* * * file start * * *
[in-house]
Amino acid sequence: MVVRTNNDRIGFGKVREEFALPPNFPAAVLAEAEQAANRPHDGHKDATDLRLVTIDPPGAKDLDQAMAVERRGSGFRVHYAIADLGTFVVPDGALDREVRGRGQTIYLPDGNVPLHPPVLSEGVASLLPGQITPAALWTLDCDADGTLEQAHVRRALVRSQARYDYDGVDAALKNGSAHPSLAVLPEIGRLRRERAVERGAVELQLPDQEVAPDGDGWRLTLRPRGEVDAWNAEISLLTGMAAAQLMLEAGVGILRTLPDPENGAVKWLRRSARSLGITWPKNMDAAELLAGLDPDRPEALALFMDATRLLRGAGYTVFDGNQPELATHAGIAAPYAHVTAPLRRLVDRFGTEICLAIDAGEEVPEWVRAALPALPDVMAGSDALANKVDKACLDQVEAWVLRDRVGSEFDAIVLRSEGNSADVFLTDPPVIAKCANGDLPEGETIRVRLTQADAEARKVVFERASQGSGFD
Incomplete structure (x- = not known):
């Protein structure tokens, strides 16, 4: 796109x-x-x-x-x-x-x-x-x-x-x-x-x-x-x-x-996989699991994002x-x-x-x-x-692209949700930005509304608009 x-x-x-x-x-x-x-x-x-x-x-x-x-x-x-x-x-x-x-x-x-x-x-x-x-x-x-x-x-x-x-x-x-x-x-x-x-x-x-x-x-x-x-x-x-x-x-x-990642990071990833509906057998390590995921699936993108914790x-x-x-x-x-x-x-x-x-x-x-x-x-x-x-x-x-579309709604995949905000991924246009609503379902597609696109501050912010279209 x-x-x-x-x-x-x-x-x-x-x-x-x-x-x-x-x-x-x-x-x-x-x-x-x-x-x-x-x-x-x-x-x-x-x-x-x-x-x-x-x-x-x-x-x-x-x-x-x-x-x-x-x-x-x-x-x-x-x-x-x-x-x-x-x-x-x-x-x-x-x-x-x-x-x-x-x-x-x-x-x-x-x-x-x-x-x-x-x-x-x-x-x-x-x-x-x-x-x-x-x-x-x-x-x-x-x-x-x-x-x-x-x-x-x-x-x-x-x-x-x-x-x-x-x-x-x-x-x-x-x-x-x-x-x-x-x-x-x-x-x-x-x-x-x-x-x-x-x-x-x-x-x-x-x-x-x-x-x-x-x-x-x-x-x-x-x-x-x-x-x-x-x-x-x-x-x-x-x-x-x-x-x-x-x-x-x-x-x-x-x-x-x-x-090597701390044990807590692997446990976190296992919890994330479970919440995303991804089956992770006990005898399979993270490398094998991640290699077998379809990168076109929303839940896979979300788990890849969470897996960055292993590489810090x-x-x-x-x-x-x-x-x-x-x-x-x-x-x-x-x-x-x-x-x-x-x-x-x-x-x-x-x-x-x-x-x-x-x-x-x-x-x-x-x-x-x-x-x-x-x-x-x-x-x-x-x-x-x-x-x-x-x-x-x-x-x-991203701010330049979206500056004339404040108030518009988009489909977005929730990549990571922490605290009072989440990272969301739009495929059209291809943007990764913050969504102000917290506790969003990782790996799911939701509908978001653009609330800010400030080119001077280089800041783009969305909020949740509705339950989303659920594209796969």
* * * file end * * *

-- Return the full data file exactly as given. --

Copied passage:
[in-house]
Amino acid sequence: MVVRTNNDRIGFGKVREEFALPPNFPAAVLAEAEQAANRPHDGHKDATDLRLVTIDPPGAKDLDQAMAVERRGSGFRVHYAIADLGTFVVPDGALDREVRGRGQTIYLPDGNVPLHPPVLSEGVASLLPGQITPAALWTLDCDADGTLEQAHVRRALVRSQARYDYDGVDAALKNGSAHPSLAVLPEIGRLRRERAVERGAVELQLPDQEVAPDGDGWRLTLRPRGEVDAWNAEISLLTGMAAAQLMLEAGVGILRTLPDPENGAVKWLRRSARSLGITWPKNMDAAELLAGLDPDRPEALALFMDATRLLRGAGYTVFDGNQPELATHAGIAAPYAHVTAPLRRLVDRFGTEICLAIDAGEEVPEWVRAALPALPDVMAGSDALANKVDKACLDQVEAWVLRDRVGSEFDAIVLRSEGNSADVFLTDPPVIAKCANGDLPEGETIRVRLTQADAEARKVVFERASQGSGFD
Incomplete structure (x- = not known):
């Protein structure tokens, strides 16, 4: 796109x-x-x-x-x-x-x-x-x-x-x-x-x-x-x-x-996989699991994002x-x-x-x-x-692209949700930005509304608009 x-x-x-x-x-x-x-x-x-x-x-x-x-x-x-x-x-x-x-x-x-x-x-x-x-x-x-x-x-x-x-x-x-x-x-x-x-x-x-x-x-x-x-x-x-x-x-x-990642990071990833509906057998390590995921699936993108914790x-x-x-x-x-x-x-x-x-x-x-x-x-x-x-x-x-579309709604995949905000991924246009609503379902597609696109501050912010279209 x-x-x-x-x-x-x-x-x-x-x-x-x-x-x-x-x-x-x-x-x-x-x-x-x-x-x-x-x-x-x-x-x-x-x-x-x-x-x-x-x-x-x-x-x-x-x-x-x-x-x-x-x-x-x-x-x-x-x-x-x-x-x-x-x-x-x-x-x-x-x-x-x-x-x-x-x-x-x-x-x-x-x-x-x-x-x-x-x-x-x-x-x-x-x-x-x-x-x-x-x-x-x-x-x-x-x-x-x-x-x-x-x-x-x-x-x-x-x-x-x-x-x-x-x-x-x-x-x-x-x-x-x-x-x-x-x-x-x-x-x-x-x-x-x-x-x-x-x-x-x-x-x-x-x-x-x-x-x-x-x-x-x-x-x-x-x-x-x-x-x-x-x-x-x-x-x-x-x-x-x-x-x-x-x-x-x-x-x-x-x-x-x-x-090597701390044990807590692997446990976190296992919890994330479970919440995303991804089956992770006990005898399979993270490398094998991640290699077998379809990168076109929303839940896979979300788990890849969470897996960055292993590489810090x-x-x-x-x-x-x-x-x-x-x-x-x-x-x-x-x-x-x-x-x-x-x-x-x-x-x-x-x-x-x-x-x-x-x-x-x-x-x-x-x-x-x-x-x-x-x-x-x-x-x-x-x-x-x-x-x-x-x-x-x-x-x-991203701010330049979206500056004339404040108030518009988009489909977005929730990549990571922490605290009072989440990272969301739009495929059209291809943007990764913050969504102000917290506790969003990782790996799911939701509908978001653009609330800010400030080119001077280089800041783009969305909020949740509705339950989303659920594209796969």